About 50,000 people are living inhuman life, almost stateless, in the enclaves along the Bangladesh-India border since the great partition of India by the British colonial ruler in 1947.
The residents of the enclaves live in abysmal conditions, with a lack of water, roads, electricity, schools and medicines. Crime also is rampant, as complaining would mean crossing the international boundary due to the lack of law enforcement resources. Residents of the enclaves may go to their respective countries only on the production of an identity card, after seeking permission from the border guards, causing much resentment.
Recently the neighbouring countries have moved towards an agreement to absorb the enclaves, but the resulting nationality of the current residents remains an impediment as it could have implications for border disputes in other parts of the region
In September 2011, Indian Prime Minister Manmohan Singh and Bangladesh Prime Minister Sheikh Hasina signed an accord on border demarcation and exchange of adversely held enclaves between the tow neighbours. There are 102 Indian enclaves inside Bangladesh and 71 Bangladeshi ones inside India. Inside those enclaves are also 28 counter-enclaves and one counter-counter-enclave.
Under this agreement, the enclave residents were given the option to continue residing at their present location or move to the country of their choice- either Bangladesh or India.
The enclave residents, however, continued by launching series of movements including demonstrations, submission of memorandum and other unique movements like observing “light-off night” and “no-cooking of day meal” movement in their desperate move to put pressure on both the governments to implement the accord.
Meanwhile, movement has also been raised inside India by the Indian opposition parties against Monmohon-Hasina agreement on border demarcation and swapping the enclaves. The opposition puts forward the argument that the Indian constitution do snot allow any government or political party to handover any inch of land to any other country or individual foreign national.
Indian government under the pressure from both pro-and anti swap groups have come up with a clear statement last week saying that an amendment to the Constitution is being drafted to enable the exchange of 111 Indian enclaves in Bangladesh and 51 Bangladeshi enclaves in the Indian territory.
Earlier this month, Indian opposition CPI leader Prabodh Panda raised the issue in parliament asking the government to take urgent steps to exchange the enclaves and provide much-needed relief to thousands of people living in these areas.
Panda had said 37,100 Indians were living in these enclaves and 14,200 Bangladeshis living here, as per the latest census carried out jointly by both countries.
“These large number of people of both countries are deprived of political rights and do not enjoy social facilities that are necessary for development of individuals in a free society,” he had said.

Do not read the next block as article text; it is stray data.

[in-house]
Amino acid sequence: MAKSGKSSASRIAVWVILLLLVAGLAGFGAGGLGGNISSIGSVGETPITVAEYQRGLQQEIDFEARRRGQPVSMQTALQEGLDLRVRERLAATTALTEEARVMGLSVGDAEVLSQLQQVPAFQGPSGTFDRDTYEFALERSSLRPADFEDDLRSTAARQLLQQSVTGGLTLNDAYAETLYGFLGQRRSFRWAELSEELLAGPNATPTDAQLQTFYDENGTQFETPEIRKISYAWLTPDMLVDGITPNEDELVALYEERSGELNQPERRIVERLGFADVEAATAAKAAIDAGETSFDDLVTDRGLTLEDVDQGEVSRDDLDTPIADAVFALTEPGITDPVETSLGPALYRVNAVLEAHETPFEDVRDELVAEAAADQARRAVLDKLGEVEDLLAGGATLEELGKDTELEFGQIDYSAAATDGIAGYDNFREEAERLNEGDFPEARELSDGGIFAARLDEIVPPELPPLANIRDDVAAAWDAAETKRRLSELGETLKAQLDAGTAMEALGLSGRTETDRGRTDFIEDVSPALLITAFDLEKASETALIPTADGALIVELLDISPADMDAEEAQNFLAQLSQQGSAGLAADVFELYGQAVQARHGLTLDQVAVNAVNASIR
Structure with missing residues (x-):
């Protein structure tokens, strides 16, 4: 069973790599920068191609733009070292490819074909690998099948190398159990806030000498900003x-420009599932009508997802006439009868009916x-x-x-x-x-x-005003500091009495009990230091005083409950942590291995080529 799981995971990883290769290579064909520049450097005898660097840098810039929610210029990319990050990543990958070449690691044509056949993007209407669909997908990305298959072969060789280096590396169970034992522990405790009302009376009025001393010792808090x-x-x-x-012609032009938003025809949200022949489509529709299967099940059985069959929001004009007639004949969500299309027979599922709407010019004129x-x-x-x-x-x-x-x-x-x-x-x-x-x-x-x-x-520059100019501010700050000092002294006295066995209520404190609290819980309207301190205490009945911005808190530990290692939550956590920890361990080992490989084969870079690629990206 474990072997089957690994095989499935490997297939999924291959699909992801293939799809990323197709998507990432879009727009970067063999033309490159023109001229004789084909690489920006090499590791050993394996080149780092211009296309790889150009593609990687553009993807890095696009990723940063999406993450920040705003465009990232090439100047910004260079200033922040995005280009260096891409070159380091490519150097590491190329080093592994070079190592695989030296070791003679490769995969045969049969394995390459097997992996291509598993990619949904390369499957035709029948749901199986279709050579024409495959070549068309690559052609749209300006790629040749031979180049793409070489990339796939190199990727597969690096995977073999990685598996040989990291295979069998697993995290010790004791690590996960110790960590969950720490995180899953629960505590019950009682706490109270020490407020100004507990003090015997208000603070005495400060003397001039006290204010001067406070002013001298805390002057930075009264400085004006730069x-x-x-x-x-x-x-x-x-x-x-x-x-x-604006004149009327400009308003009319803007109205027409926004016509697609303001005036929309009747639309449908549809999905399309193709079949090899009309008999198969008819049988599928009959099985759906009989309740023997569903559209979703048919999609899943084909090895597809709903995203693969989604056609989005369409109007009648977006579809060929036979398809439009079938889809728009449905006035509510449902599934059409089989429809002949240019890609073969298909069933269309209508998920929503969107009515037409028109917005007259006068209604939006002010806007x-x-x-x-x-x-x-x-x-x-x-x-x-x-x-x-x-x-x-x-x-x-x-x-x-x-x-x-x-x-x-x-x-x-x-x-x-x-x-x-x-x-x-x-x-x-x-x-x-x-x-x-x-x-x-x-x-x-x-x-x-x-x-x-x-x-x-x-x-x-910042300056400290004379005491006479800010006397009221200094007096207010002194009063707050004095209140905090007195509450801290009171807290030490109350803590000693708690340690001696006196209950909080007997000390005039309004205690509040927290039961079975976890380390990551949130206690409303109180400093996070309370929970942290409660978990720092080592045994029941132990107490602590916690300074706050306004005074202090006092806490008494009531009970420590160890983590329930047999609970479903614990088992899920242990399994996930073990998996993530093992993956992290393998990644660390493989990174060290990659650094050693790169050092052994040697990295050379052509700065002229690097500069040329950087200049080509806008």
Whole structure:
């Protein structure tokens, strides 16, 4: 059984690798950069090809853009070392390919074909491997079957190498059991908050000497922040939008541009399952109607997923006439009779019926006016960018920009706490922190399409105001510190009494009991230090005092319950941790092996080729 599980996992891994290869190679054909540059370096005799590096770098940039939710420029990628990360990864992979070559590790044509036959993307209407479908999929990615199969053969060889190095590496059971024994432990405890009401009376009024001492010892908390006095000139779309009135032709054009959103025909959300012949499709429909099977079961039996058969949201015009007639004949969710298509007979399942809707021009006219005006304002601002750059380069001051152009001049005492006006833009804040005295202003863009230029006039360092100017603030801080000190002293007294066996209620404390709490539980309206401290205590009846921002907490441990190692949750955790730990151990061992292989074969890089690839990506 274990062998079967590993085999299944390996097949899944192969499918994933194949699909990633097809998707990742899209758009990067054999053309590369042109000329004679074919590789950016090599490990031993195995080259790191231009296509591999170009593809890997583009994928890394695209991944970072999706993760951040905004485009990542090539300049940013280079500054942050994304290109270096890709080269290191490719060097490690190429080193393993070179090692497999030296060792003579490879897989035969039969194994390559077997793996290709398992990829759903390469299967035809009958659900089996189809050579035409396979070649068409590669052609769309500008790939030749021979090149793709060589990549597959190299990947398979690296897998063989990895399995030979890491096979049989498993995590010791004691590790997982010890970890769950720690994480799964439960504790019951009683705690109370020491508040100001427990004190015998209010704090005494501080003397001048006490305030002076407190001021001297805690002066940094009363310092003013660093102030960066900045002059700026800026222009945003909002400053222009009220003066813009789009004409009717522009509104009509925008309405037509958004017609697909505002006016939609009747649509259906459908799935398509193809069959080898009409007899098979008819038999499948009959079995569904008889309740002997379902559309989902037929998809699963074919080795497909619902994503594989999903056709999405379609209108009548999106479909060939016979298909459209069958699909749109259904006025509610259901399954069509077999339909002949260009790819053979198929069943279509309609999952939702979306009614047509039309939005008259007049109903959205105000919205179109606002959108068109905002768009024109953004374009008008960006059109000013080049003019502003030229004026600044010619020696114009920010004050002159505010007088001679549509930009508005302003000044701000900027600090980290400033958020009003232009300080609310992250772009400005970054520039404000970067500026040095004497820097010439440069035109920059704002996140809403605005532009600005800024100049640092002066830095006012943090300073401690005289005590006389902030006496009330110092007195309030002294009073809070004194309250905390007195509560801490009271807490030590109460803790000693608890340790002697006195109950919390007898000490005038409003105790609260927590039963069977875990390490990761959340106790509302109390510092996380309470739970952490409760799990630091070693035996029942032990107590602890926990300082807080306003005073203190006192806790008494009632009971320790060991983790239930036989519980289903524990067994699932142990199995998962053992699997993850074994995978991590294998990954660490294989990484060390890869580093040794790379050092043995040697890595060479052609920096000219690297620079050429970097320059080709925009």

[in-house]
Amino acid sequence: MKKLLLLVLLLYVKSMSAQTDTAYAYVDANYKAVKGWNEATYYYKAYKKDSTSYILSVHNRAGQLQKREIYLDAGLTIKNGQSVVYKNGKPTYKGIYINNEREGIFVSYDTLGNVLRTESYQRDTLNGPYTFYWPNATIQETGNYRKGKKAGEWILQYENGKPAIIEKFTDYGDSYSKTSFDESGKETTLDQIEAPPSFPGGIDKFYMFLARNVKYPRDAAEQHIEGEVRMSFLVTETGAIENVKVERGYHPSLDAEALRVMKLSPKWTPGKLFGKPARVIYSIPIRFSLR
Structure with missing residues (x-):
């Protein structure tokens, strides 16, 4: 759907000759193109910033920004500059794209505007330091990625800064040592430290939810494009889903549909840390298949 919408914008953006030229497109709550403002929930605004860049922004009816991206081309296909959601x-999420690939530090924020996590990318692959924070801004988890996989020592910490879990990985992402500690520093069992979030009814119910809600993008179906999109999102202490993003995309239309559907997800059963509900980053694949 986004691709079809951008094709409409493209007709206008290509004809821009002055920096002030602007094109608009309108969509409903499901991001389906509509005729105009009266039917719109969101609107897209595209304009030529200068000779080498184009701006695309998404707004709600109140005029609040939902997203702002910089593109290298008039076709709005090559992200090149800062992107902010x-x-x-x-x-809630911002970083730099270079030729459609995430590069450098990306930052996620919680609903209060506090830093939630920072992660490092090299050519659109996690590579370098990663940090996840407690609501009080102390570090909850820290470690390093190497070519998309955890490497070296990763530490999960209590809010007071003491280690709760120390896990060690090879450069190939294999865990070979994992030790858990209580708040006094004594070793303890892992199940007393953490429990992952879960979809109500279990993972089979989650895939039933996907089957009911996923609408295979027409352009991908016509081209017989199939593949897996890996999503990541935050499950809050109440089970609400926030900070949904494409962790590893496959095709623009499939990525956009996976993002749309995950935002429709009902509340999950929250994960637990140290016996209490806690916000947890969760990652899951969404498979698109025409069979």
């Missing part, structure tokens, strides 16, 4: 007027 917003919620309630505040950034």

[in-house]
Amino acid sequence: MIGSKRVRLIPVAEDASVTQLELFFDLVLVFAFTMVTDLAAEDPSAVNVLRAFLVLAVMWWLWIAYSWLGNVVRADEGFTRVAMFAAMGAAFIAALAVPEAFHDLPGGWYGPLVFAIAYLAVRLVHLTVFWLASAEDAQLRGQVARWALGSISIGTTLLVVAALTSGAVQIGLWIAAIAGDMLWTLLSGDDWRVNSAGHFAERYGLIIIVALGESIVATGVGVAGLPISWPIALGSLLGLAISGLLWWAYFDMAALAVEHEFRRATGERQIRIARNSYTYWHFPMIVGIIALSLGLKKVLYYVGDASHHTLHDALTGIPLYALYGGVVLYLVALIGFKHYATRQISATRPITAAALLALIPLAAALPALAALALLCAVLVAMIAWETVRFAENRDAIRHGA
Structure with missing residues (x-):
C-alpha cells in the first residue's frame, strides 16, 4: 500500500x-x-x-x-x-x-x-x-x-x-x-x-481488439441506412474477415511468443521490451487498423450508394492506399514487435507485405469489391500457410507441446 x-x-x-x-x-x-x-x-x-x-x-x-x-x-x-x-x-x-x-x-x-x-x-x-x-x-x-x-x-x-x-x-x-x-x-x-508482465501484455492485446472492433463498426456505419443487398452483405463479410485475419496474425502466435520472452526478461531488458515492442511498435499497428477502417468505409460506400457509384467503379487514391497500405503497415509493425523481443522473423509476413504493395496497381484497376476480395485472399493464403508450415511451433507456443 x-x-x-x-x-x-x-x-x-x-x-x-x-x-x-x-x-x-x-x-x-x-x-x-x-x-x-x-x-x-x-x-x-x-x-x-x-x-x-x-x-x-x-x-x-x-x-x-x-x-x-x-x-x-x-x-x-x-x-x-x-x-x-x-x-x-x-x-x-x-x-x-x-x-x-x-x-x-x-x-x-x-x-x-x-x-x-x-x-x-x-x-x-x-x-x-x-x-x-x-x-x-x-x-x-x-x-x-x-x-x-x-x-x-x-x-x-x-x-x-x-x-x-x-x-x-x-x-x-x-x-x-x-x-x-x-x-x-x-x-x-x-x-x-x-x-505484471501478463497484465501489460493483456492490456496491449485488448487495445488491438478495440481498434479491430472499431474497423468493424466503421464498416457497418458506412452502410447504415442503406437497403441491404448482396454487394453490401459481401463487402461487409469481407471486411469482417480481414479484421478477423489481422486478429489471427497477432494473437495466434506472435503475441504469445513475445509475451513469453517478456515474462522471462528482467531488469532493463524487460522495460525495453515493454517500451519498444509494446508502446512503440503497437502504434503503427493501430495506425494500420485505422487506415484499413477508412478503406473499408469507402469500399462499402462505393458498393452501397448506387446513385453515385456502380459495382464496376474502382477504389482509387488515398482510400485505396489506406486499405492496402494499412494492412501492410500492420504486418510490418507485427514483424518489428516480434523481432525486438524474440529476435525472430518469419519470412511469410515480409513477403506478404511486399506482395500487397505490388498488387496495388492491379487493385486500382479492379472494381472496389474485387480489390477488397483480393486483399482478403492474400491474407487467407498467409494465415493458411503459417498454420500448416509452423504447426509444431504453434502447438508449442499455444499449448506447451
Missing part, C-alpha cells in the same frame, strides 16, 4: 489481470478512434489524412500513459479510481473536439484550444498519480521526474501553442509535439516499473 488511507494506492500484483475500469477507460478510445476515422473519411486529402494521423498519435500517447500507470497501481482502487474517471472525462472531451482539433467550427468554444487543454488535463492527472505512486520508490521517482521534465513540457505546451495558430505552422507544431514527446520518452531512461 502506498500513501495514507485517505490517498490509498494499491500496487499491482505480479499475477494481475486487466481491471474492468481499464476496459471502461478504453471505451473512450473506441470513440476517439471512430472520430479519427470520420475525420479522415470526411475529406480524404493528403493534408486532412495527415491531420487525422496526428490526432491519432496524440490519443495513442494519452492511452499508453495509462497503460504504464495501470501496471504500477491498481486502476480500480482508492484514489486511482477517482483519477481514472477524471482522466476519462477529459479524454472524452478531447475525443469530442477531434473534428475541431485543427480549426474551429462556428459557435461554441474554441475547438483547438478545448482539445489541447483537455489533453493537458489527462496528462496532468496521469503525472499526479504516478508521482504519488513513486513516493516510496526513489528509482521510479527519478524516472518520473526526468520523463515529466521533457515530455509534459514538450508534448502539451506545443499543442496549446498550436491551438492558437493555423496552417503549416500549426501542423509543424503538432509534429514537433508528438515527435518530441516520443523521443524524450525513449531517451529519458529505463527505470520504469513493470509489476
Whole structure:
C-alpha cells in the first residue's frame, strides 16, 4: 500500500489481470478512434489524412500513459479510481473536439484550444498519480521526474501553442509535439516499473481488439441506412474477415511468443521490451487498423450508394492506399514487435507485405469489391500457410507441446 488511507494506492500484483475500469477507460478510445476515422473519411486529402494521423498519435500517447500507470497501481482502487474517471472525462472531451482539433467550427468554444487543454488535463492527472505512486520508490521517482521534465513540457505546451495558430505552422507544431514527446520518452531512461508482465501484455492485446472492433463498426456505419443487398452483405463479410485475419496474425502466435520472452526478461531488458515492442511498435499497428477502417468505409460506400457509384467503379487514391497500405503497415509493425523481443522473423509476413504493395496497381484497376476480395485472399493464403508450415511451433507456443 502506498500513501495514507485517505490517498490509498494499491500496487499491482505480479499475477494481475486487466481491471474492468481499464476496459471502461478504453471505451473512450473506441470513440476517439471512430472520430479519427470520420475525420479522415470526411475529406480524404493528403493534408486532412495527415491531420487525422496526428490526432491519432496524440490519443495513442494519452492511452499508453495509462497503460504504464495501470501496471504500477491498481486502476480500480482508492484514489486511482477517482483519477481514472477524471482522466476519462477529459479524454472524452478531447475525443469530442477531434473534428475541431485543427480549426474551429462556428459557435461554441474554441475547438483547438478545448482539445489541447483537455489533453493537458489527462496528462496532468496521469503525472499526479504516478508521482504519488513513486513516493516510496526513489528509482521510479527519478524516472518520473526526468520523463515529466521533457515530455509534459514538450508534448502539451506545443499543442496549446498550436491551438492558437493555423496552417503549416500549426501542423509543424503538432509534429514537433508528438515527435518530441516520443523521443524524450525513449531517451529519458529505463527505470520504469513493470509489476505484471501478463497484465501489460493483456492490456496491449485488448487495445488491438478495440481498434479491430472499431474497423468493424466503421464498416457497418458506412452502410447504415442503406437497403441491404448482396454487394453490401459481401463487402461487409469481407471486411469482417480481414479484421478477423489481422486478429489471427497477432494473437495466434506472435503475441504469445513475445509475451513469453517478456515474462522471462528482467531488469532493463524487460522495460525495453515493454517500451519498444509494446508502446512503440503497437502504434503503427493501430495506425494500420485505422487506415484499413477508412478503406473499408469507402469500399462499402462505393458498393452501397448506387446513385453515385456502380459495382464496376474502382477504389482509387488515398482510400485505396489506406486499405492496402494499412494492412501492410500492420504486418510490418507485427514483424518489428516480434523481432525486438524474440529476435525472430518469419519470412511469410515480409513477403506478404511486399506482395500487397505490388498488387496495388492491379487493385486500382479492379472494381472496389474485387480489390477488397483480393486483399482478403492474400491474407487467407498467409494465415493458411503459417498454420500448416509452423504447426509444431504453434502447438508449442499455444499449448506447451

Indian enclaves in Bangladesh are spread over 17,149 acres of land, while Bangla enclaves in India were located in 7,110 acres, Panda had said, observing that the problem had been persisting since Independence and not been resolved even after the 1974 Indira-Mujib Agreement.
Responding to Mr Panda, Indian External Affairs Minister S M Krishna has said “The government is committed to the earliest implementation of the Protocol and Land Boundary Agreement (between the two countries) that would result in exchange of enclaves.”
The Protocol and the Agreement, signed during Prime Minister Manmohan Singh’s visit to Bangladesh in September last year, are subject to ratification by both governments.
“The ratification, therefore, necessitates an amendment of the Constitution. Necessary preparations to place a draft amendment bill before Parliament are underway,” Krishna said, adding that these would “enter into force on the date of exchange of Instruments of Ratification” and facilitate the exchange of these enclaves.
Victims of Royal chess game
The Indo-Bangladesh enclaves, also known as the chitmahals are the enclaves along the Bangladesh–India border, in Bangladesh and the Indian state of West Bengal.
The enclaves were used as stakes in card or chess games centuries ago between two regional kings, the Raja of Cooch Behar and the Maharaja of Rangpur. The little territories were the result of a confused outcome of a treaty between the Kingdom of Koch Bihar and the Mughal Empire.
After the partition of India in 1947, Cooch Behar district was merged with India and Rangpur went to then East Pakistan, which became Bangladesh in 1971. In 1974, both countries agreed either to exchange the enclaves or at least to provide easy access to the enclaves, but little materialised. Talks between the two countries on the issue resumed in 2001, but the lack of a concrete time frame relegated the issue to the back burner keeping thousand of people suffer in an almost a stateless life.
Russia, Attended Kim Il-sung University, PhD in Korean History, Leningrad State University, Professor at Australian National University(1996), Professor at Kookmin University, Contributor for The AsiaN
Nepal, Reporter of The Rising Nepal
Egypt, Editor of Al-Arabi Magazine in Kuwait, Chief of The AsiaN's Middle East Bureau
Pakistan, Pakistan Press International Editor, Contributor for The AsiaN
India, SPOTFILMS CEO, FORMEDIA Chairman
Egypt, Managing Editor of the AsiaN's Middle East Bureau, Graduate Student of Mass Communication and Journalism at Ahram Canadian University